Technology Management (Ph.D.)
Indiana State University offers the doctor of philosophy (Ph.D.) in technology management for students who would like to prepare for positions of leadership in the public and private sectors of society. The program is offered through ISU's Bailey College of Engineering and Technology in cooperation with a consortium of three other universities making extensive use of the Internet delivery system. It is a virtual organizational concept recognizing the role of each member university. Additional information can be found at the consortium website for the Ph.D. in Technology Management.
- The online Ph.D. in technology management is a 66-credit-hour program that requires study concentration in one of five areas with the completion of the majority of course work at the 600 level or above.
- Depending on the individual program of study, part-time students may complete this degree in 4½ years.
- The Ph.D. program is designed to provide opportunities for increasing both depth and breadth of knowledge in technology management and one of the following specialization areas: construction management, digital communication systems, human resource development and industrial training, manufacturing systems and quality systems.
- Research is critical to the advancement of knowledge in the profession. In addition to course-related research activities, all students will complete a dissertation. The dissertation is a major piece of original research.
Graduates of this program are qualified to be specialists who will have the expertise to:
- Provide expert knowledge to areas of technological, scientific and engineering innovation and application
- Provide expert knowledge to the management of technology across the global community
- Provide expertise in instructional processes and service to the industrial and educational community
- Conduct high quality research
- Demonstrate an acute understanding and sensitivity to the ethical and moral issues surrounding technology
The Ph.D. in Technology Management Program has a requirement that all students fulfill a period of concentrated study (Doctoral Residency). This requirement is accomplished in our program in a way that is a little different, but permitted by the ISU Graduate Catalog.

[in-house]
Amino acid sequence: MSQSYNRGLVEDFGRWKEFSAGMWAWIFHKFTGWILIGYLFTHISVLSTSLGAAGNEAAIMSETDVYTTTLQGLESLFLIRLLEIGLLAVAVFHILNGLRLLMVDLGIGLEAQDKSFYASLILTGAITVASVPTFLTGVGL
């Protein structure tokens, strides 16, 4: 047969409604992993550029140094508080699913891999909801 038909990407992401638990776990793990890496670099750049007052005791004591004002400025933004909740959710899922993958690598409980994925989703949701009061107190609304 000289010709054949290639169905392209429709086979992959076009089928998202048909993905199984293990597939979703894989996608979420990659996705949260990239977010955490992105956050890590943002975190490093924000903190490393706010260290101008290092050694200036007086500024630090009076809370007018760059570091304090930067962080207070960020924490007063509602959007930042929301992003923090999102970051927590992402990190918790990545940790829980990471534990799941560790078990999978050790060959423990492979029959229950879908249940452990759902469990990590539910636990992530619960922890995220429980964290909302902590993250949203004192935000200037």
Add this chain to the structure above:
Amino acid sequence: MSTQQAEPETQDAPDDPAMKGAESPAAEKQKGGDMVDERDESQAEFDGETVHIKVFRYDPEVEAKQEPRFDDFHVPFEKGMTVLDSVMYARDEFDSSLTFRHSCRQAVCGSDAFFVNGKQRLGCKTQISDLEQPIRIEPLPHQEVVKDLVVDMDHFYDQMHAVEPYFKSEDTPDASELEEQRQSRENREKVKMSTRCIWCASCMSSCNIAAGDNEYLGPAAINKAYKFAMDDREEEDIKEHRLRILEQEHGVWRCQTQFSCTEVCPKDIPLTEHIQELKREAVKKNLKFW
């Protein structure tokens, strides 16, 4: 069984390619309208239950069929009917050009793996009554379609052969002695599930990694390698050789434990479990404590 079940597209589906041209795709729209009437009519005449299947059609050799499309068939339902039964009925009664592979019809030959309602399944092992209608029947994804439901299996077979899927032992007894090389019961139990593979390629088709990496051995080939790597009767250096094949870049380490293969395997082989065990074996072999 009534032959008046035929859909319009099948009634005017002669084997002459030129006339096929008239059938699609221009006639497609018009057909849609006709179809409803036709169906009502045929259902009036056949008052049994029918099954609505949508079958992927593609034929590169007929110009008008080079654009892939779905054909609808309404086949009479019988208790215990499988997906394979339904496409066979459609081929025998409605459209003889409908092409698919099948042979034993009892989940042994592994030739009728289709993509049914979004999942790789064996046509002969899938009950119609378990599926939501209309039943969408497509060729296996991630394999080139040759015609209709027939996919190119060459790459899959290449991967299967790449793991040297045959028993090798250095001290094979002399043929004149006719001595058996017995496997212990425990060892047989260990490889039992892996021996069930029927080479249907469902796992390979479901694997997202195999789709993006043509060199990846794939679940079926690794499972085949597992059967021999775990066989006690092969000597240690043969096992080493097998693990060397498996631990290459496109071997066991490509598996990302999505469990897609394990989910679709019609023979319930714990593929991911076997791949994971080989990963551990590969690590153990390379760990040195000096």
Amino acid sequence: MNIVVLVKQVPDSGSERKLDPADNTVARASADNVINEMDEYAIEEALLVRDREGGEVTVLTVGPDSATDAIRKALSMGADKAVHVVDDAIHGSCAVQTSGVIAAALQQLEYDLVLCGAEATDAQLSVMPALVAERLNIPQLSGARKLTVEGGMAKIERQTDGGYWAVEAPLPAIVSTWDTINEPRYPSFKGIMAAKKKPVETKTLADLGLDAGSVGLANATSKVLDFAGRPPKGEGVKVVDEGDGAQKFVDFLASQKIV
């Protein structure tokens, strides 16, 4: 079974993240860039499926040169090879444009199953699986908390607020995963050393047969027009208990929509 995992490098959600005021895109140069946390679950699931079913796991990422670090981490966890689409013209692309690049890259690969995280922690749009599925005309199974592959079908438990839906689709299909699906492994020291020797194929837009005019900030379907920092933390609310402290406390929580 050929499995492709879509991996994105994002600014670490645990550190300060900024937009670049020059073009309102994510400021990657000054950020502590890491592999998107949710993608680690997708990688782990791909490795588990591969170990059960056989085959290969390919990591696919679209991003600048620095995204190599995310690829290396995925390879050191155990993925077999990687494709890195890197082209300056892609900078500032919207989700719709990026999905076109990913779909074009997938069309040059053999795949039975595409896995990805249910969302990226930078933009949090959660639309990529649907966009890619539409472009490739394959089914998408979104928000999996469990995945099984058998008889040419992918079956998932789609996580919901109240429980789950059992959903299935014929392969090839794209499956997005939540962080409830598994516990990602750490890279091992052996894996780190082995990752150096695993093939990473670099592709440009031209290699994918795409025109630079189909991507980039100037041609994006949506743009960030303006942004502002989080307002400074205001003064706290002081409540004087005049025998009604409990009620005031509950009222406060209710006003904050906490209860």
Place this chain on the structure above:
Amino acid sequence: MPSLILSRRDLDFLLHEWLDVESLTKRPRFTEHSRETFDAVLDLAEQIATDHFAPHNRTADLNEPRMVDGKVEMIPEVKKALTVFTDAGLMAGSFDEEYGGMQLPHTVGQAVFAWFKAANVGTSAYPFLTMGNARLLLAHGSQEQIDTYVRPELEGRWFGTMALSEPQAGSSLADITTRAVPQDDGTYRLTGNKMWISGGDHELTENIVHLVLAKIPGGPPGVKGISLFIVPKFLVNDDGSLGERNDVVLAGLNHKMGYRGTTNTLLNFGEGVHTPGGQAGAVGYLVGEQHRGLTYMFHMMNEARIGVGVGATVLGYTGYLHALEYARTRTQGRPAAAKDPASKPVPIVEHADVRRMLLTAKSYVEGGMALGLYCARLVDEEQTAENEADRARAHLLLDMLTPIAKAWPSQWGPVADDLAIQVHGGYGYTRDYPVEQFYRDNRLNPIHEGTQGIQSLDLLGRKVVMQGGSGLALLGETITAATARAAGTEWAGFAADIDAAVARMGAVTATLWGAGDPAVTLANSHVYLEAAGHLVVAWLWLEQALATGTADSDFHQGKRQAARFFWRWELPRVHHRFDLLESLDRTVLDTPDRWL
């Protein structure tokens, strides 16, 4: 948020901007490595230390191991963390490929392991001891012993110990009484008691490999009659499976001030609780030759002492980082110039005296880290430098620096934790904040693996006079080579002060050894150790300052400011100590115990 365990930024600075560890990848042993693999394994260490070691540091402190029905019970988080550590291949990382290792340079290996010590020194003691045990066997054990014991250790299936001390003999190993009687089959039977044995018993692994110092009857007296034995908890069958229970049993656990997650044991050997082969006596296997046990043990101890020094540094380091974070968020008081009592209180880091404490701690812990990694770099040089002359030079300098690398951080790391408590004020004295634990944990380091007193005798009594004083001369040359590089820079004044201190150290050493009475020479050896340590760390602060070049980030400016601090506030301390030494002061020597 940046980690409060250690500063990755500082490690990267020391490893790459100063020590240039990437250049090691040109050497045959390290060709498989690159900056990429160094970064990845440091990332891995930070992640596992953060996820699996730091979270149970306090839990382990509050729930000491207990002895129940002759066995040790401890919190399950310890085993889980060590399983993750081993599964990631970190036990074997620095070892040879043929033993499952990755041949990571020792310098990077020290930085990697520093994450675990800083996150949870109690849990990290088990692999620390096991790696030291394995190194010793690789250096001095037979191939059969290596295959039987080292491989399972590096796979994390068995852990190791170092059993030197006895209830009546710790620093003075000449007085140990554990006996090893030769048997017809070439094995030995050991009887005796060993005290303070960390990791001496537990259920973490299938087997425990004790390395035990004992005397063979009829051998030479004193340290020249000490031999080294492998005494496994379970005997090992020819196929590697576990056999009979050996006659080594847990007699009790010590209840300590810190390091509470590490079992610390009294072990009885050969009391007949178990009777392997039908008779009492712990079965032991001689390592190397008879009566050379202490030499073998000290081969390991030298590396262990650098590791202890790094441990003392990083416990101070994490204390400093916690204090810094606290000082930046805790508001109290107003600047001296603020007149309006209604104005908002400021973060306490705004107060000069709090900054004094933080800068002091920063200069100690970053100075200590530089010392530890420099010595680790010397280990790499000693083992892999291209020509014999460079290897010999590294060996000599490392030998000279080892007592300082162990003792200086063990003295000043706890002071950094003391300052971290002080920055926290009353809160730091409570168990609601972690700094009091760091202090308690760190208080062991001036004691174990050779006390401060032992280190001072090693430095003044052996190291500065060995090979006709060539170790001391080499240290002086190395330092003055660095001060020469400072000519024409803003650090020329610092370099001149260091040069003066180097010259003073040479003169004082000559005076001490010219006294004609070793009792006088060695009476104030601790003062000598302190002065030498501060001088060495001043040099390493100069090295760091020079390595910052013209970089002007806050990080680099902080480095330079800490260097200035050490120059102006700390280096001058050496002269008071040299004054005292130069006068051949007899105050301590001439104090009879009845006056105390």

The rationale for a period of concentrated study (residency) for the doctorate is based on the convention that a student would benefit from intense study under close supervision (primarily by the advisor). Intense study means nine hours per semester for two semesters. Nine hours in a semester is the equivalent of full-time registration for graduate students. This emersion period is to cause the student to concentrate their study and promote timely progress to the degree. Our Ph.D. program believes in this rationale and practice. A strategy often used to accomplish a period of concentrated study (residency) is to complete 18 credit hours over a 12-month period.
This practice of concentrated study (residency) is sometimes confused in our program with two courses that have the word "residency" in their title: COT 710 Research Residency Orientation Seminar (1 credit), and COT 711 Research Residency Seminar (2 credits). Both courses are long weekend executive style seminars. The COT 710 is to be taken within the first few semesters of a student's registration. The COT 711 is to be taken when the student is nearly completed with their coursework. These courses require attendance on the Indiana State University campus.
A student-specific program of study is developed by the student with an advisor. The Ph.D. in Technology Management program includes four areas of required study.
It is essential that graduates of the program have completed the coursework required in one Major Area of Specialization. The Major Area of Specialization, broader topics of technology management, or specific career skills can be supported by the Professional Studies Area. This specialized knowledge is enhanced by developing a broader understanding of the interrelations of technology with other disciplines such as science, economics, sociology, and government policy designed into the General Technology Core. The Ph.D. in Technology Management Program is basically a research and scholarship program. Research is critical to the advancement of knowledge in the profession. Research courses are complemented by the dissertation.
The Ph.D. in Technology Management is open to eligible students in the U.S. (including the District of Columbia and all U.S. territories). The program also is open to students in Canada (all provinces). The program is closed to students residing in countries other than the U.S. and Canada except for U.S. military and State Department personnel and their family members with APO/FPO addresses.
Financial Aid & Assistance
Graduate students may be eligible for federal student loans if they are admitted into graduate degrees (or first-time teacher certification programs) and meet other eligibility requirements. Certificate programs are not eligible for financial aid. Private alternative loans can help students pay college expenses that may not be covered by federal loan programs or other financial aid. For more information, visit financial aid.
In addition, students may be eligible for payment plans and veterans benefits.
For further information and assistance, contact:
The Graduate Catalog and Undergraduate Catalog of Indiana State University are the documents of authority for all students. The requirements given in the catalogs supersede information issued by any academic department, program, college, or school. The University reserves the right to change the requirements at any time.